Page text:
MySpace is planning a major relaunch
summer, co-presidents Jason Hirschorn and Mike Jones said in an onstage interview at the TechCrunch Disrupt conference today. The release will include a “reimagining” of the site’s front end around the concept of discovery as well as a logo redesign, said Hirschorn, and will be backed up with a marketing campaign to “help solidify this is what we’re going to be.”
“This summer more product will be released than ever in the history of MySpace,” Hirschorn said. In the hallway after the interview, Jones told us he considers the launch “risky” because it involves changing so much of MySpace’s core functionality.
Areas of focus will include reorienting to enable discovery of content, trending and targeting products, dashboards for musicians and a better understanding of mobile as the remote control of young people’s lives. MySpace gets a third of its daily audience from mobile, said Jones, adding that such info isn’t included in comScore figures — which indicate dropping traffic for the main MySpace portal.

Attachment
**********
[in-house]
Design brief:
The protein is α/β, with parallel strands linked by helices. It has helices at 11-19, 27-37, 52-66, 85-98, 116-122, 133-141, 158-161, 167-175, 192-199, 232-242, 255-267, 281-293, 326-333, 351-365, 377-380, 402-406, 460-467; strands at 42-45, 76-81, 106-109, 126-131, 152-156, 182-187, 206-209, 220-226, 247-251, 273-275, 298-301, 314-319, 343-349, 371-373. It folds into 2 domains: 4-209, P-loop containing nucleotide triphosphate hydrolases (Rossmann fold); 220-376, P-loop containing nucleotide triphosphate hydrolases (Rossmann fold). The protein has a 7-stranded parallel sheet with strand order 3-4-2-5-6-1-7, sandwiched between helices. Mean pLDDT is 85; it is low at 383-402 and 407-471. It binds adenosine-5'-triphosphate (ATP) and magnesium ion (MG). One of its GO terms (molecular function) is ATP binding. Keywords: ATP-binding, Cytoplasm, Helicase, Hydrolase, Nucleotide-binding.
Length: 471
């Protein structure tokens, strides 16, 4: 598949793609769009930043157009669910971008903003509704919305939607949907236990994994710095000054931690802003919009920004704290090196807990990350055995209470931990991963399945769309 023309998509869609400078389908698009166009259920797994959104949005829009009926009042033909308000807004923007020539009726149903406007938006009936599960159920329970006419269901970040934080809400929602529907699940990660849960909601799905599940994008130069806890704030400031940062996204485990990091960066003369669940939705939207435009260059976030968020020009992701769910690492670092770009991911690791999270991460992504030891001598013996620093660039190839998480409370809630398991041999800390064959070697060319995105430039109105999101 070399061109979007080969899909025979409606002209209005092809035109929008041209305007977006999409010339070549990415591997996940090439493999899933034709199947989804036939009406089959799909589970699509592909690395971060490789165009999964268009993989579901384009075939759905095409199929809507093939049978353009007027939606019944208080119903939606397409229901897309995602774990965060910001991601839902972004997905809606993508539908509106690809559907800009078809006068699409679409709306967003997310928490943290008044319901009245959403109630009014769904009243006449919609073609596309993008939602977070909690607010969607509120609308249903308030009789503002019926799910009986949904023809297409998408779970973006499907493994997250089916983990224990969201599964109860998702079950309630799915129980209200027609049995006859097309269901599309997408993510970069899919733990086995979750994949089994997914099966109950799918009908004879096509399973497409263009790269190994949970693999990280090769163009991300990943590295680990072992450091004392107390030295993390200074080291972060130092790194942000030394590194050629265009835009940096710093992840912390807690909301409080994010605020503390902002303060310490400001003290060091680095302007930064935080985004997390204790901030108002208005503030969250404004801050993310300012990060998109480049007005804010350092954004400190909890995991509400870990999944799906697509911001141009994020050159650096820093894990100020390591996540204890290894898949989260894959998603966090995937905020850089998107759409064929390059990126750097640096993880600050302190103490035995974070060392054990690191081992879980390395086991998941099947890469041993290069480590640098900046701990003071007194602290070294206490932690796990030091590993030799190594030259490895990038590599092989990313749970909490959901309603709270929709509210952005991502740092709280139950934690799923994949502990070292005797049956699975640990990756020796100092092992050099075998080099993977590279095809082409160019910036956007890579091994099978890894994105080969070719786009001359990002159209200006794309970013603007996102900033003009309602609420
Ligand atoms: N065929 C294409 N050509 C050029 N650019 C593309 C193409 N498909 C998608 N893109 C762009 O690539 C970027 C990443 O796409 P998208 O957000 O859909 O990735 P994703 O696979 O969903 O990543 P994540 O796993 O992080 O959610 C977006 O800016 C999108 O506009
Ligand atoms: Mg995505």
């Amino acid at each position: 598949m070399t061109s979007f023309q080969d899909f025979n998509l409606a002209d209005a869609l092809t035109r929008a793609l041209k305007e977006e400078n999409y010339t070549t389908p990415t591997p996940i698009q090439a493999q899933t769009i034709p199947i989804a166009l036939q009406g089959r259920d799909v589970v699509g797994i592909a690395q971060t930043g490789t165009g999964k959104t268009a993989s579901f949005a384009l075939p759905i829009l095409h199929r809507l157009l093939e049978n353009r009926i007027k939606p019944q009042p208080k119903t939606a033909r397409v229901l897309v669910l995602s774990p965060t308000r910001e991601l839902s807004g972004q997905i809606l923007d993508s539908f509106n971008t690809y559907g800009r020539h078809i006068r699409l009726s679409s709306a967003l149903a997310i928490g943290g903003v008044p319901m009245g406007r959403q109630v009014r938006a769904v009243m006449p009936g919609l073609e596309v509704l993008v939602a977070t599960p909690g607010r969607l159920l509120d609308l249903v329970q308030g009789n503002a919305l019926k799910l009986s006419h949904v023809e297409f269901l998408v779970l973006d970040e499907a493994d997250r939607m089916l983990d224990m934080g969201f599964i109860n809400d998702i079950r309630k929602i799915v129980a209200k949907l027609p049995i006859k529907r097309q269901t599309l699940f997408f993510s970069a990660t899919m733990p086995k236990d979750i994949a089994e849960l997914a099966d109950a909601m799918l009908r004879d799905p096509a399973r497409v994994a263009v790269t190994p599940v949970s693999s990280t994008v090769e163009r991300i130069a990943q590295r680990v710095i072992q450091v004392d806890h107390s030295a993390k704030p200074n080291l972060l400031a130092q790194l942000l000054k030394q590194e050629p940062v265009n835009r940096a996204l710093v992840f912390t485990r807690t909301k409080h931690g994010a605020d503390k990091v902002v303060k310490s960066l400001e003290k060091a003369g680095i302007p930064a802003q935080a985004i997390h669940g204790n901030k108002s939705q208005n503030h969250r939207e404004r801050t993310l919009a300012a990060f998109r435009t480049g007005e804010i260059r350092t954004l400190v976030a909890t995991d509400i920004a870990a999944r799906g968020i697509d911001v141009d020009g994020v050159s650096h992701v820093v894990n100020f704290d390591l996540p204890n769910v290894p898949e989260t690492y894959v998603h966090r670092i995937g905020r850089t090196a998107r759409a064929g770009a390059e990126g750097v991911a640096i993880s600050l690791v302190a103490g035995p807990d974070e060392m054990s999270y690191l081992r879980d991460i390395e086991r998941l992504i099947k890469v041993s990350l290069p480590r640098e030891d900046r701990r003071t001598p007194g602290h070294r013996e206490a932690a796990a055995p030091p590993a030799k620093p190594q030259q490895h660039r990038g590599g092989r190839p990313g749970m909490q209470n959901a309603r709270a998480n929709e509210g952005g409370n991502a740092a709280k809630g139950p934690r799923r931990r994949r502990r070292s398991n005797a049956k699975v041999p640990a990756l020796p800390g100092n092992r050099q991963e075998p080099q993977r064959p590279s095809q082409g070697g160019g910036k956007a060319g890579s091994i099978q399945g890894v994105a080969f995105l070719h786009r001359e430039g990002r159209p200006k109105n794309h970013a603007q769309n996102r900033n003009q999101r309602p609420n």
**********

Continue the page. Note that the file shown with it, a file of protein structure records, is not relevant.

Hirschorn said that MySpace has put so much effort into keeping its site up that it built an “almost bullet-proof” platform, making the introduction of new features and tweaks with any kind of speed “frustrating.”
The MySpace co-presidents, who took over in February when former MySpace CEO Owen Van Natta was dropped by parent company News Corp, both said they’re happy with their respective roles within News Corp and News Corp’s involvement in their business. Hirschorn noted that News Corp CEO Rupert Murdoch recently called and woke him up at 8 a.m. on a Saturday morning to say the site’s Twitter sync wasn’t working fast enough.
Hirschorn graded the duo’s progress so far a B+ “given the situation.” Jones said that the site has 120 million global unique users, same as when they started — and contrary to measures claiming that usage has dropped.
While Jones noted that the two have made a commitment to MySpace, Hirschorn also said, “I’m an entrepreneur. Am I going to be at MySpace at five and 10 years? Probably not. We deal in the now.” (Though as Om noted on Twitter, Hirschorn’s recent resume is heavy on big companies rather than startups.)
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